New York District Continues Jamaica Bay Restoration Using Dredged Material
By JoAnne Castagna, Ed.D.
Last summer, Melissa D. Alvarez, a senior project biologist with the Corps of Engineers New York District, was inspecting Elder’s Point East, a marsh island in Jamaica Bay the Corps of Engineers and other agencies had restored in 2006.
“I saw movement in the water as the tide was draining one of the creeks. I looked closer and saw something I’ve never seen there. There were dozens of juvenile horseshoe crabs swimming within the tidal creek. They were the size of a quarter, but this meant so much more. It means that the restored island is now providing successful breeding for horseshoe crabs,” said Alvarez.
She continued, “Later in the year, I also found a nest of diamondback terrapins, a New York State protected species. This once again represents the success we’ve had at Elders Point East and will soon have at Elders Point West.”
The partners are now restoring nearby Elders Point Island West, using lessons learned in the first restoration.
The two islands form a marsh island complex within the 26-square mile Jamaica Bay Park and Wildlife Refuge that was the country’s first national urban park and one of the Gateway National Recreation Areas.
The refuge is in an urban area that includes portions of Brooklyn, Queens, and Nassau Counties, New York. The area’s shorelines are bordered by heavily-developed lands including John F. Kennedy International Airport, the Belt Parkway and several landfills.
The island complex was once a single 132-acre marsh island named Elders Point, but years of degradation split the island into separate islands that are now connected by muddy land.
Today, a restored Elders East is 49 acres, and Elders West is expected to be approximately 34 acres after restoration is completed this summer.
The once-vibrant marsh islands in Jamaica Bay have been disappearing at a rate of 44 acres per year – faster in the last decade. It’s believed that a great deal of this degradation is due to urbanization, and that the islands would disappear by 2012 if it is not halted.
According to Alvarez, a certified professional wetlands scientist, maintaining the health of the marsh islands is critical to the well being of the wildlife and the 20 million people that live and work in this urban region.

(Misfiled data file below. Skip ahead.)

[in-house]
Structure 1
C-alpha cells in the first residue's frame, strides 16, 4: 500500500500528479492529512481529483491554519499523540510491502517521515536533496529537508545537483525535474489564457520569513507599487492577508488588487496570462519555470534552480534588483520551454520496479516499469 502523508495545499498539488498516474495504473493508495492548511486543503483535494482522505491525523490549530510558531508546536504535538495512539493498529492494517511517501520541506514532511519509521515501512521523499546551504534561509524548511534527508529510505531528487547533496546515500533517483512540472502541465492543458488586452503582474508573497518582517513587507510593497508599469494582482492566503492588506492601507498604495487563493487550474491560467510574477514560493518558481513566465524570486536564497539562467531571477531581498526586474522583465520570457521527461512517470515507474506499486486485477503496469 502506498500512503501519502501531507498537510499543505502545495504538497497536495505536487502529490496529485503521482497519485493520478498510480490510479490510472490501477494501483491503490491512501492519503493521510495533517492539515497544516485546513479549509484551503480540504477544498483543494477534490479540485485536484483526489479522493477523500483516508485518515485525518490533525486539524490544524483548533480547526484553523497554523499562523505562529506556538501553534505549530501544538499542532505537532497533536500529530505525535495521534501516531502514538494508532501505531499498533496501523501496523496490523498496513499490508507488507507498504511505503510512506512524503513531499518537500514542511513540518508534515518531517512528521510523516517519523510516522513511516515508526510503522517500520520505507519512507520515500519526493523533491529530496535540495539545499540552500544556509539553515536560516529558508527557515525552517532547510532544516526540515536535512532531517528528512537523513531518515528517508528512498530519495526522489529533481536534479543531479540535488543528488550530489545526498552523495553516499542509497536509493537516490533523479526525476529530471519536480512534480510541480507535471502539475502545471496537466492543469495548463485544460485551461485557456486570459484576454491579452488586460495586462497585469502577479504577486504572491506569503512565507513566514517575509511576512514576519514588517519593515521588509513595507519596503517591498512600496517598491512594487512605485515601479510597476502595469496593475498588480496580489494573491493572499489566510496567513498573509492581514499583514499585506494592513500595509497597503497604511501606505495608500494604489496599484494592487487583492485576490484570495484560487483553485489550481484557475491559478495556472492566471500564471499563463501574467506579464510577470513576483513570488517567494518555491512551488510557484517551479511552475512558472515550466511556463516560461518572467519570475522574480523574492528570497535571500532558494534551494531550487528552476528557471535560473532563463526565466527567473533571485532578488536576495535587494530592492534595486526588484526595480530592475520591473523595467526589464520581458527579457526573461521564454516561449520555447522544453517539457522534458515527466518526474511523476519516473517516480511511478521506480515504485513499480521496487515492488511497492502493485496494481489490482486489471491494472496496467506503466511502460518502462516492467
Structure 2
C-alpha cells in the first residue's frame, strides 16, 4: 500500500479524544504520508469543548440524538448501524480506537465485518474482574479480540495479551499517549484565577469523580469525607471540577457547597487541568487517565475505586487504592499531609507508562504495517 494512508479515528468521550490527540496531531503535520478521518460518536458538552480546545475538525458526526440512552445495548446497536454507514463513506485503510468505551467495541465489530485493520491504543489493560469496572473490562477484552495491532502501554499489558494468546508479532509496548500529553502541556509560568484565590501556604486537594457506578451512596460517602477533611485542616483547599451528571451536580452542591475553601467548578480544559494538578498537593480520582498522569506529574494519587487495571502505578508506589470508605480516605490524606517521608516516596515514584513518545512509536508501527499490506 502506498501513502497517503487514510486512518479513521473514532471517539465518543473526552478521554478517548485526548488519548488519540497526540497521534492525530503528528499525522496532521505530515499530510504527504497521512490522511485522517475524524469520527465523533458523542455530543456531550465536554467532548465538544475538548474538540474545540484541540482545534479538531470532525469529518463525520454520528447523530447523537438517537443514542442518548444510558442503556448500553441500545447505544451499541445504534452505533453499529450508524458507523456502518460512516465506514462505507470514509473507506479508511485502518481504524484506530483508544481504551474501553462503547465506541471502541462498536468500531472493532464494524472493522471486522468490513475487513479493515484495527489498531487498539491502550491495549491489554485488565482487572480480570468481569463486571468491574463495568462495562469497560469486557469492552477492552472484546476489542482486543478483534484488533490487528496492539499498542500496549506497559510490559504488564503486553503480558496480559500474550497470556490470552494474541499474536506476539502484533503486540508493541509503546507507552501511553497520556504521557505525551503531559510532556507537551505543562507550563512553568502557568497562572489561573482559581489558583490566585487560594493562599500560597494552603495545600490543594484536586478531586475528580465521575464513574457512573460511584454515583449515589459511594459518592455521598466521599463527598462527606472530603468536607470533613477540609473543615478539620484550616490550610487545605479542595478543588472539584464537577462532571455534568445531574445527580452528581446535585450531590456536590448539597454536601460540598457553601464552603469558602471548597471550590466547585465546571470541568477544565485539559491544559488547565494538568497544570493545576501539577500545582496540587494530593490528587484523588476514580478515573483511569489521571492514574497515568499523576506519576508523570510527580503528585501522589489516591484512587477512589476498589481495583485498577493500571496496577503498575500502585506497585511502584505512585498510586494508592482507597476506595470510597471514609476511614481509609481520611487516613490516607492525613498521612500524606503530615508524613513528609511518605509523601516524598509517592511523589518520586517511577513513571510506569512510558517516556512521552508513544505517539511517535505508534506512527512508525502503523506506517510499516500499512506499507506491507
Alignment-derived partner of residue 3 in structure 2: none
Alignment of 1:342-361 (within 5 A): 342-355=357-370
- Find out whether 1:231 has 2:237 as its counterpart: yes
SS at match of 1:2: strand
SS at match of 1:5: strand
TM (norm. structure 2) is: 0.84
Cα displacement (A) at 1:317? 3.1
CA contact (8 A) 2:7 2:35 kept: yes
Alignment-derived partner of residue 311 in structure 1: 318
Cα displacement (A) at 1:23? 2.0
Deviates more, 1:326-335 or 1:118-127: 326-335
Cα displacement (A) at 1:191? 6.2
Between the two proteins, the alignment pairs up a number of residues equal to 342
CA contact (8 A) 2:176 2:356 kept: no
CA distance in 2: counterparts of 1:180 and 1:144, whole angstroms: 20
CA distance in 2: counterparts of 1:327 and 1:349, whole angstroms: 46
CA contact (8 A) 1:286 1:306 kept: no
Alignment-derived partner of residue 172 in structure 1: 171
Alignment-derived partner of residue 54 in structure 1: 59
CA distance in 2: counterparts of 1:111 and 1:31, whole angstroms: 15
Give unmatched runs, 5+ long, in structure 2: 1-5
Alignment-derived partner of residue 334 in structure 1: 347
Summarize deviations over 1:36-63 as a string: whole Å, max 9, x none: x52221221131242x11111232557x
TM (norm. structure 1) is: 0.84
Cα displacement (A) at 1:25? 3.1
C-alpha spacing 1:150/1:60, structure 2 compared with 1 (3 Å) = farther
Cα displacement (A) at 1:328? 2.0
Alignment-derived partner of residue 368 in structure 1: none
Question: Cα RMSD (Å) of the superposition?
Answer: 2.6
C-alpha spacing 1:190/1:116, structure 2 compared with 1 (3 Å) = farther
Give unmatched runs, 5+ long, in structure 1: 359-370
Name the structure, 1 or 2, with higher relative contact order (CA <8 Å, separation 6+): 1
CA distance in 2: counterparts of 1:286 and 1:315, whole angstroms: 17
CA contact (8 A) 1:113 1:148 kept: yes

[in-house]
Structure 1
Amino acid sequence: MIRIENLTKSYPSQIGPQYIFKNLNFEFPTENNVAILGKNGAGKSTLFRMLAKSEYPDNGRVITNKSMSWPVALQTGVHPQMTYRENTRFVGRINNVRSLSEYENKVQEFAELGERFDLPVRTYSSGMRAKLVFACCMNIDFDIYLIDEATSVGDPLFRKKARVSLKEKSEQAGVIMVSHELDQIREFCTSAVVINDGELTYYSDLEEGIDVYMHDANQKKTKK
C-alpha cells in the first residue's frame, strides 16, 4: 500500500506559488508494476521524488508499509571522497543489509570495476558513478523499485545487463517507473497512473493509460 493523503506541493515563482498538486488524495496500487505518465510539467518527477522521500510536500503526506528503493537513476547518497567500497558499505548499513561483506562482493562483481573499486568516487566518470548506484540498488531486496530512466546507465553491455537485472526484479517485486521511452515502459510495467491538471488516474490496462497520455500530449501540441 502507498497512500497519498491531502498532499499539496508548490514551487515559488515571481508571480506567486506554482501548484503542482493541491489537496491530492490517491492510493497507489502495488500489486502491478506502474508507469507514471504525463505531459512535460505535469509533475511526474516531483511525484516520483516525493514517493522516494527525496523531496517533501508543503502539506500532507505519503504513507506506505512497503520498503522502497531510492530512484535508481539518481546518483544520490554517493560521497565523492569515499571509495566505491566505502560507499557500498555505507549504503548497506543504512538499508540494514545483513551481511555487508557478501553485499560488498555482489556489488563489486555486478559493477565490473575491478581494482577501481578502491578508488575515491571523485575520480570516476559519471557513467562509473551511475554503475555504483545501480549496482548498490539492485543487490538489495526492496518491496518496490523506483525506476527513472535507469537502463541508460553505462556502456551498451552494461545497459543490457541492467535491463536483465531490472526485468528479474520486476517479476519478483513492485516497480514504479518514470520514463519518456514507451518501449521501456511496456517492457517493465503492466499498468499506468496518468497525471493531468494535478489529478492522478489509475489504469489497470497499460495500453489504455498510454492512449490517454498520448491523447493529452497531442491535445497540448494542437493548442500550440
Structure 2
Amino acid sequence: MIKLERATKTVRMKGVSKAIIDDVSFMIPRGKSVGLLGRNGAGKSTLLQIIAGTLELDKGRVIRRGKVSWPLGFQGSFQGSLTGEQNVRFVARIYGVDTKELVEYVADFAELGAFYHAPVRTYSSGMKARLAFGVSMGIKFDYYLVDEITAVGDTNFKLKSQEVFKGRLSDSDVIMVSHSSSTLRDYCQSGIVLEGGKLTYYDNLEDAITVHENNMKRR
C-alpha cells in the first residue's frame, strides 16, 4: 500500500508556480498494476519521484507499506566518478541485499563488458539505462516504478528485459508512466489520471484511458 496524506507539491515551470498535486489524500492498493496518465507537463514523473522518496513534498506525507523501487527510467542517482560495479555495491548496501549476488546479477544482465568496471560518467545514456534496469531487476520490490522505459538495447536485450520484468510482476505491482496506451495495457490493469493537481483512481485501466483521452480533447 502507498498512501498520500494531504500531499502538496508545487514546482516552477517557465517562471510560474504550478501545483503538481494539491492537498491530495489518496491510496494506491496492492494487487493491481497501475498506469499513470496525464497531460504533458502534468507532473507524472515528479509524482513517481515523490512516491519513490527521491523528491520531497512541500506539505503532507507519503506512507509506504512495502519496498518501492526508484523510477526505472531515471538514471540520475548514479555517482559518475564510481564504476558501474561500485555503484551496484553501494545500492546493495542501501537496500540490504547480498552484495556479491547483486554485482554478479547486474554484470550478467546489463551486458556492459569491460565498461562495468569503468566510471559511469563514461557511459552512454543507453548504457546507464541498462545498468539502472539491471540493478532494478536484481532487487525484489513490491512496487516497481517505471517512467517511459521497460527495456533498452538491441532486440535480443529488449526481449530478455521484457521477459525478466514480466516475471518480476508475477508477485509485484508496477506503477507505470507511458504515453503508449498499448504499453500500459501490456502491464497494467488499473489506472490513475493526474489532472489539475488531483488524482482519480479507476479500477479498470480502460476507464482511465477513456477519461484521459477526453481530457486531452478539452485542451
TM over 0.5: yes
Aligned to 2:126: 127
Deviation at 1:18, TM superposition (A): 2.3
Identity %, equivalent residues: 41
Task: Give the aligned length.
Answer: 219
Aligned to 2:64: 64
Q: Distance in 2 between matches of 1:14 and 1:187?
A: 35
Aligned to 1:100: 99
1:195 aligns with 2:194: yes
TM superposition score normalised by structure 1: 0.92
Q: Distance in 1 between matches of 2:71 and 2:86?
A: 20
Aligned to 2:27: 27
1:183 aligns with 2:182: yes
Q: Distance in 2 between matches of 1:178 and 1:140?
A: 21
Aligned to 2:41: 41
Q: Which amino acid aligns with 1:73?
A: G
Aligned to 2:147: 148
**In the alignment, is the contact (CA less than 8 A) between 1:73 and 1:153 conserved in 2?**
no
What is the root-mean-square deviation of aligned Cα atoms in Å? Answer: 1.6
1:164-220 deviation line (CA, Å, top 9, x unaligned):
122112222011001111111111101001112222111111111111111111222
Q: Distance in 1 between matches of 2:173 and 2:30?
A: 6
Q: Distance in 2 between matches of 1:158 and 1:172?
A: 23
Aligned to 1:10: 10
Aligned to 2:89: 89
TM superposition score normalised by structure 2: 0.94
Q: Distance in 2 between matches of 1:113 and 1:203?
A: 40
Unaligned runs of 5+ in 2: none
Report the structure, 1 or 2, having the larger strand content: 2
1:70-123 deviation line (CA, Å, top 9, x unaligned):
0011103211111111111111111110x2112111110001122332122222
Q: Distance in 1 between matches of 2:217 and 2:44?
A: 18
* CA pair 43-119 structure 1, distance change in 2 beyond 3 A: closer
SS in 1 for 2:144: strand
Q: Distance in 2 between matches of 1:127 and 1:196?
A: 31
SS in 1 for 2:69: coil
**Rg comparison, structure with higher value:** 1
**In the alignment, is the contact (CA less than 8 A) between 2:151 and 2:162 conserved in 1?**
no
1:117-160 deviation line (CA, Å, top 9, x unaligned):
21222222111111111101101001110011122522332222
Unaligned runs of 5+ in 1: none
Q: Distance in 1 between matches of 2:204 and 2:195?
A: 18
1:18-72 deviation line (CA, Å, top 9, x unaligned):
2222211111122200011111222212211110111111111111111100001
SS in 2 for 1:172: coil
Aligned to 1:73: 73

“The benefits of the Jamaica Bay marsh island ecosystem vary, depending on scale. From a smaller scale perspective, the marsh islands are a home for a variety of wildlife, including fish and shellfish which are an important food source for birds and help improve water quality by removing things like nitrogen and phosphates,” said Alvarez.
She continued, “From a larger perspective, the marsh islands provide stability and water storage during storm and flood events. The islands also act as filters or natural cleanser to the water as the plants capture and cycle different nutrients and particles out of the water. By restoring Elders Point, and other marsh islands, we may even protect the more interior islands and hopefully slow their erosion.”
“For the public, this means less erosion to personal property, more species available for recreational fisheries, better water quality, and preservation of the Gateway National Recreation Area that is visited by millions of people each year.
“Bottom line- The marsh islands are an irreplaceable natural resource that provide so many benefits to the surrounding region.”
To restore these islands, the U.S. Army Corps of Engineers, New York District, has teamed up with partnering agencies, including The National Park Service, Natural Resource Conservation Service, New York City Department of Environmental Protection, Port Authority of New York & New Jersey, and the New York State Department of Environmental Conservation.
In 2006, the agencies restored Elders East by pumping 250,000 cubic yards of dredged sand onto the island to proper elevations of a marsh island, and hand planted native plant species that included saltmarsh cordgrass, salt hay, and spike grass that were grown from seed collected from Jamaica Bay.